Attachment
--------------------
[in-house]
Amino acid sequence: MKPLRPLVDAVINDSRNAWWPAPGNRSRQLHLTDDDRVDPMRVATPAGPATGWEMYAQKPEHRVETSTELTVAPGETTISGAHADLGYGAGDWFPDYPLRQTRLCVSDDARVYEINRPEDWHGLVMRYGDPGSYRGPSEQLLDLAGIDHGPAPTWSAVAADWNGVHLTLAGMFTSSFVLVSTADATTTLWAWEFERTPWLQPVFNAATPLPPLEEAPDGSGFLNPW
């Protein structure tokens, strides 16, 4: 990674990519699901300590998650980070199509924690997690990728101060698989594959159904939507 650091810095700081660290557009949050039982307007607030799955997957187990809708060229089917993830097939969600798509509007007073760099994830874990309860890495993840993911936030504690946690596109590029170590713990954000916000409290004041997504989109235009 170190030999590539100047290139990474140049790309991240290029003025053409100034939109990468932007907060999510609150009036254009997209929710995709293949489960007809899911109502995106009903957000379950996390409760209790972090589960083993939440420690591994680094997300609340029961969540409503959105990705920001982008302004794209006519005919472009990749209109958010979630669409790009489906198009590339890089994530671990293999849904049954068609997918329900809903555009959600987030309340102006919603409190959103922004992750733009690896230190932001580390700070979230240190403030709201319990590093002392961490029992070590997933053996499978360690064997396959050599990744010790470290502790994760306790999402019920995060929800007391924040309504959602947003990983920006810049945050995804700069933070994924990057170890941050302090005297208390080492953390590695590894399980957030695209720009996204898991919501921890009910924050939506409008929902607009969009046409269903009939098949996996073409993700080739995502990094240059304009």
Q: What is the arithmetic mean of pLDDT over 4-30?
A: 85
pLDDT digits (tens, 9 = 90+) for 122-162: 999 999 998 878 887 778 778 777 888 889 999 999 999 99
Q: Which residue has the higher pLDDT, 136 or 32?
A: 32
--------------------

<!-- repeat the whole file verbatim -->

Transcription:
[in-house]
Amino acid sequence: MKPLRPLVDAVINDSRNAWWPAPGNRSRQLHLTDDDRVDPMRVATPAGPATGWEMYAQKPEHRVETSTELTVAPGETTISGAHADLGYGAGDWFPDYPLRQTRLCVSDDARVYEINRPEDWHGLVMRYGDPGSYRGPSEQLLDLAGIDHGPAPTWSAVAADWNGVHLTLAGMFTSSFVLVSTADATTTLWAWEFERTPWLQPVFNAATPLPPLEEAPDGSGFLNPW
């Protein structure tokens, strides 16, 4: 990674990519699901300590998650980070199509924690997690990728101060698989594959159904939507 650091810095700081660290557009949050039982307007607030799955997957187990809708060229089917993830097939969600798509509007007073760099994830874990309860890495993840993911936030504690946690596109590029170590713990954000916000409290004041997504989109235009 170190030999590539100047290139990474140049790309991240290029003025053409100034939109990468932007907060999510609150009036254009997209929710995709293949489960007809899911109502995106009903957000379950996390409760209790972090589960083993939440420690591994680094997300609340029961969540409503959105990705920001982008302004794209006519005919472009990749209109958010979630669409790009489906198009590339890089994530671990293999849904049954068609997918329900809903555009959600987030309340102006919603409190959103922004992750733009690896230190932001580390700070979230240190403030709201319990590093002392961490029992070590997933053996499978360690064997396959050599990744010790470290502790994760306790999402019920995060929800007391924040309504959602947003990983920006810049945050995804700069933070994924990057170890941050302090005297208390080492953390590695590894399980957030695209720009996204898991919501921890009910924050939506409008929902607009969009046409269903009939098949996996073409993700080739995502990094240059304009």
Q: What is the arithmetic mean of pLDDT over 4-30?
A: 85
pLDDT digits (tens, 9 = 90+) for 122-162: 999 999 998 878 887 778 778 777 888 889 999 999 999 99
Q: Which residue has the higher pLDDT, 136 or 32?
A: 32